You learn something new about your movie tastes when you're writing about them every single day. I'm realizing that most of my favorite montages don't come from the 1980s, but are historical recreations of one kind or another. (Even now, there's one hovering in my bookmarks because I can't decide whether it's a montage or a credits report. You'll see it eventually, I'm sure.) Today's montage is from Butch Cassidy and the Sundance Kid and has to be one of the most unusual because it's done entirely through still sepia photographs. It's a wonderful sequence, and the photos of Paul Newman, Robert Redford, and Katharine Ross would look at home in your western history museum. For a bunch of photos, it feels incredibly animated by the endless fun Butch and Sundance are having, clearly enjoying the fact that they're wanted men who can go unnoticed in a crowd as they party their way to Bolivia. Try looking at it through the lens of our celebrity drenched culture, because it really seems to hint at a future when Butch and Sundance would have been as obsessively photographed as Brangelina. The clothes might be outdated and the color might be sepia, but any one of these shots would look at home on Just Jared or Perez Hilton.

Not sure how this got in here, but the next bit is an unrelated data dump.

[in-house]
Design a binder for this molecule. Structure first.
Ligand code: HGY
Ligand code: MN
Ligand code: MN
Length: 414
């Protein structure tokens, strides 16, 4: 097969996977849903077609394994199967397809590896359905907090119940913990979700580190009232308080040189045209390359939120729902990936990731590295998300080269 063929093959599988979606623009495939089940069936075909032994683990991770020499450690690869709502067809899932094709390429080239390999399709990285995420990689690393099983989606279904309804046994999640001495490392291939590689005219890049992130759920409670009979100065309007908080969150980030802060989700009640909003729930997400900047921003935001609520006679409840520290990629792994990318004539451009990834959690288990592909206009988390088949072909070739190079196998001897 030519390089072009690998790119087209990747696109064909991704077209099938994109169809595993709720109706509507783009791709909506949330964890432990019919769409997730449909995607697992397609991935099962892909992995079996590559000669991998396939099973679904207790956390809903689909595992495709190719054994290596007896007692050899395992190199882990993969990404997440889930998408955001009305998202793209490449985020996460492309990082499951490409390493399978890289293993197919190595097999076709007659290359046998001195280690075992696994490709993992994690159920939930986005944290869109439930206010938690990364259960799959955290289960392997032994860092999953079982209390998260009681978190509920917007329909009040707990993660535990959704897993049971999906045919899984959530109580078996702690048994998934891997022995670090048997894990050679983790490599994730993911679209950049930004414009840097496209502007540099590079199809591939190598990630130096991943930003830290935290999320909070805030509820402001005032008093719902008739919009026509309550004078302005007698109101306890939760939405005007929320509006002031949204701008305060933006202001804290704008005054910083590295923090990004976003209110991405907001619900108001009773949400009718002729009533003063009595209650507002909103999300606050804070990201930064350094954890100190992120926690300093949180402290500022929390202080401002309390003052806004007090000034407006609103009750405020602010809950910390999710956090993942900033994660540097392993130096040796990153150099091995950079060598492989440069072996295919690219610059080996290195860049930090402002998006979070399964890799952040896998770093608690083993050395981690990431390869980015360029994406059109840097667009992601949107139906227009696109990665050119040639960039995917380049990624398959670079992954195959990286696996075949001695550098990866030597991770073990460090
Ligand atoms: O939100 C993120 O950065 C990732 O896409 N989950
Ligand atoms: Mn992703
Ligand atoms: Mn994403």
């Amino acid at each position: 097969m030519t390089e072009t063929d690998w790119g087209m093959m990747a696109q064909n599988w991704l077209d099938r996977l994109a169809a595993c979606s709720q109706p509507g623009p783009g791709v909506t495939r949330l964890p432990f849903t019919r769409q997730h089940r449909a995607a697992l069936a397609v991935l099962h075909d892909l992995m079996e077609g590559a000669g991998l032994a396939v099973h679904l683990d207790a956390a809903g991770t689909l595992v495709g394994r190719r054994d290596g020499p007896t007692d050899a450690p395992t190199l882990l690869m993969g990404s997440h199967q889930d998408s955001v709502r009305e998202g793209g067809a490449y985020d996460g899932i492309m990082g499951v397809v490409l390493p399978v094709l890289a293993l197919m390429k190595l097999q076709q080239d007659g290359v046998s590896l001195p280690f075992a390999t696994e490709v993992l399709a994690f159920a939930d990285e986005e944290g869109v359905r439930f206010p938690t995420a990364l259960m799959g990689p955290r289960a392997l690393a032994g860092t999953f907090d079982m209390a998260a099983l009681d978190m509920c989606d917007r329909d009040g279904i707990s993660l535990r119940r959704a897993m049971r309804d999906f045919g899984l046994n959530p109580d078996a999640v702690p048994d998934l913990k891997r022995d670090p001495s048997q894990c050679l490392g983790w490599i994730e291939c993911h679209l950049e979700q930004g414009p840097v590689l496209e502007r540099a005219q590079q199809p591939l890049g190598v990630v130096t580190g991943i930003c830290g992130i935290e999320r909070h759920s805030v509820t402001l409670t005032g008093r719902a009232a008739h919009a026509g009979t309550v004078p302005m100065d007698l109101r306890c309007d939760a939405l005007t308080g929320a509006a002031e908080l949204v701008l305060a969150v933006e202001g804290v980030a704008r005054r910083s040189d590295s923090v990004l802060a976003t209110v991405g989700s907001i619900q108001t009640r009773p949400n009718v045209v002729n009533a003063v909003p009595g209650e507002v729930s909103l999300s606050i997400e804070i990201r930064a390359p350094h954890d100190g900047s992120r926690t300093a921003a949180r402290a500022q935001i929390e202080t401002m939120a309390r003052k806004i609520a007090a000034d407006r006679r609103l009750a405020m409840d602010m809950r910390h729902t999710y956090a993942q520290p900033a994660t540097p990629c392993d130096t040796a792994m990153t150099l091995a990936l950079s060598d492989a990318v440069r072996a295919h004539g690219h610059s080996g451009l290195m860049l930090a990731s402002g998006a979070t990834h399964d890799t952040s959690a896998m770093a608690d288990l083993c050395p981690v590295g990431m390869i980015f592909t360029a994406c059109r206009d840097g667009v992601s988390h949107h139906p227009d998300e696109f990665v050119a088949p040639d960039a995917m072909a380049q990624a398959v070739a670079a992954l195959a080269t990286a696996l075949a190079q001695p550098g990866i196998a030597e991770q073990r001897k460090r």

The best thing about this sequence is that it was created out of accident and necessity. Director George Roy Hill assumed that when it came time to film the New York sequences, he'd be able to use the sets from Hello, Dolly! as it was filming right next door. But 20th Century Fox denied them permission as they wanted to keep the sets a secret. So Hill just photographed the actors posing on set, and spliced them together with hundreds of historical photos. The result was much more interesting than just having them wander around a sound stage, don't you think?